“The difference in salaries is incredible,” Ms. Tryon says.

That difference, and a mountain of student loans, make the job decision straightforward for some seniors. “Students often have a real conflict, because they graduate with a great deal of debt, and of course the prospect of a few years with high pay is very attractive,” says Joanne Murray, director of career services at Wellesley. Like Ms. Lee, they often have the idea of then returning to their nonprofit roots.

Money was one reason Bradford J. Mak, who will graduate from Brown University in Providence, R.I., this May, accepted a $42,000 offer from a San Francisco Internet start-up that has a stock-option plan. Having spent one summer in Costa Rica and Peru, digging latrines and teaching villagers about hygiene and sanitation, and the next conducting a field-research project out of a hospital in Bangladesh, he seemed like a lock for the nonprofits.

“I used to be, like, `I’m going to live in refugee camps,’” says Mr. Mak, who majored in human biology.

But by last fall, with corporate recruiters hitting the campus regularly, Mr. Mak was weighing the pros and cons of the corporate life. He had suddenly been hit, he says, by the reality of supporting himself. And his latest close look at a nonprofit had been disillusioning: The “inefficiencies, corruption, bad management and miscommunications” among the members of the project’s management team had left him wondering just how much he wanted to work for one after all.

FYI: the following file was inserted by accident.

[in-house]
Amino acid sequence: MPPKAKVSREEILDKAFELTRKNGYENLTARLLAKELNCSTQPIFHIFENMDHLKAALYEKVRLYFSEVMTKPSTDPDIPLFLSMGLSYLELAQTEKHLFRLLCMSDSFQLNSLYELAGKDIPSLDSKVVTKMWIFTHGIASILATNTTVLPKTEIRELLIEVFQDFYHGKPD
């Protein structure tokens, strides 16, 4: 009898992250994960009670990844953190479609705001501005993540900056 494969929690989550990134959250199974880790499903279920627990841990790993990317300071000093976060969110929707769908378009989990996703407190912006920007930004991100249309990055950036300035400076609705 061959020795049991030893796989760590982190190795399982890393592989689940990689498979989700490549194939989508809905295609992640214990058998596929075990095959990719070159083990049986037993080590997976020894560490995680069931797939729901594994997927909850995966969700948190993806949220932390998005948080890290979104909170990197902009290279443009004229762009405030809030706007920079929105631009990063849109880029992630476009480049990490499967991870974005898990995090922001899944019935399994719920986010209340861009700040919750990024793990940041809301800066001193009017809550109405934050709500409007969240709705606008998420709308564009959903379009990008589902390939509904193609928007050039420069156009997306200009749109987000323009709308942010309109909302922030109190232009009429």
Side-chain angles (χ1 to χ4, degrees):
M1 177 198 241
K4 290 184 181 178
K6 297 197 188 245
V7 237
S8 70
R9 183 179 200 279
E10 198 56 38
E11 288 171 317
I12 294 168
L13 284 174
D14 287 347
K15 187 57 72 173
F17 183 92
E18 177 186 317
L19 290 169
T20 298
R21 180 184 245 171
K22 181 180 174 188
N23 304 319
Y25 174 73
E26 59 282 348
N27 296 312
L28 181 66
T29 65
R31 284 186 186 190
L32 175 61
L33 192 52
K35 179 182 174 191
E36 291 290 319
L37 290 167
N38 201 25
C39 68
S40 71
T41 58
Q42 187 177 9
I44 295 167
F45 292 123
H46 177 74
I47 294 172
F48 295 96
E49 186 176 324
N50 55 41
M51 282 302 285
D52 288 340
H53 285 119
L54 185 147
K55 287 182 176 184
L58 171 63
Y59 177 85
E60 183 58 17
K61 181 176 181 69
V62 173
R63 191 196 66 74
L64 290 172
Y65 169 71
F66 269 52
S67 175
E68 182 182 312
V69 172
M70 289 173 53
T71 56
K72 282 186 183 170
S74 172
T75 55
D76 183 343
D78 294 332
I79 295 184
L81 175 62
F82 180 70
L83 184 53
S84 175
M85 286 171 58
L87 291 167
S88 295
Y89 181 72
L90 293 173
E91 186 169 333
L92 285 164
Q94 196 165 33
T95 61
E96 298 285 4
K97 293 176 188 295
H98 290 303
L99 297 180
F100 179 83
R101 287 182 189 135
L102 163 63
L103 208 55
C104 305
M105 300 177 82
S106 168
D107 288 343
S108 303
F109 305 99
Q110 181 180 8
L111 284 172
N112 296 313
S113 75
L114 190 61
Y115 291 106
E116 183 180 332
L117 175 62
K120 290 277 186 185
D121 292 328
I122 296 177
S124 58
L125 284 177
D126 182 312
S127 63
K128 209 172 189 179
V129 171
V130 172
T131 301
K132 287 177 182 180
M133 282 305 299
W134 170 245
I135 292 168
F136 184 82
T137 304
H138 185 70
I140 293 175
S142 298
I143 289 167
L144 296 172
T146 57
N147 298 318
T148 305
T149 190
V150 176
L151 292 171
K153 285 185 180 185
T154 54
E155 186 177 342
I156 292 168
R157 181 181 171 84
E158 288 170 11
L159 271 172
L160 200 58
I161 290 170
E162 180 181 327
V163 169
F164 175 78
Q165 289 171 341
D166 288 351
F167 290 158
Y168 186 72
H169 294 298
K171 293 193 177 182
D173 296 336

In Ms. Lee’s case, the career choice was in keeping with the wishes of her parents. Korean immigrants in Youngstown, Ohio, Chun Shik and Young Mee Lee often brag about their daughter’s activism, but are happy she chose McKinsey.

“I’ve been very proud of her for having such large dreams, and for being so fearless in pursuing them,” says Ms. Lee’s mother, but “we overwhelmingly wanted her to go into business, either as an end in itself or as a stepping stone to education reform.”

The younger Ms. Lee’s interest in education began at 17, when she read how poorly the U.S. educational system compared with other industrialized nations’.

“I became really outraged, because it seemed absurd to me that America — which had so many resources — would have such a horrible education system,” Ms. Lee says. One reason her parents had moved here, she says, was to give her and her sister a better education than they would have received in Korea.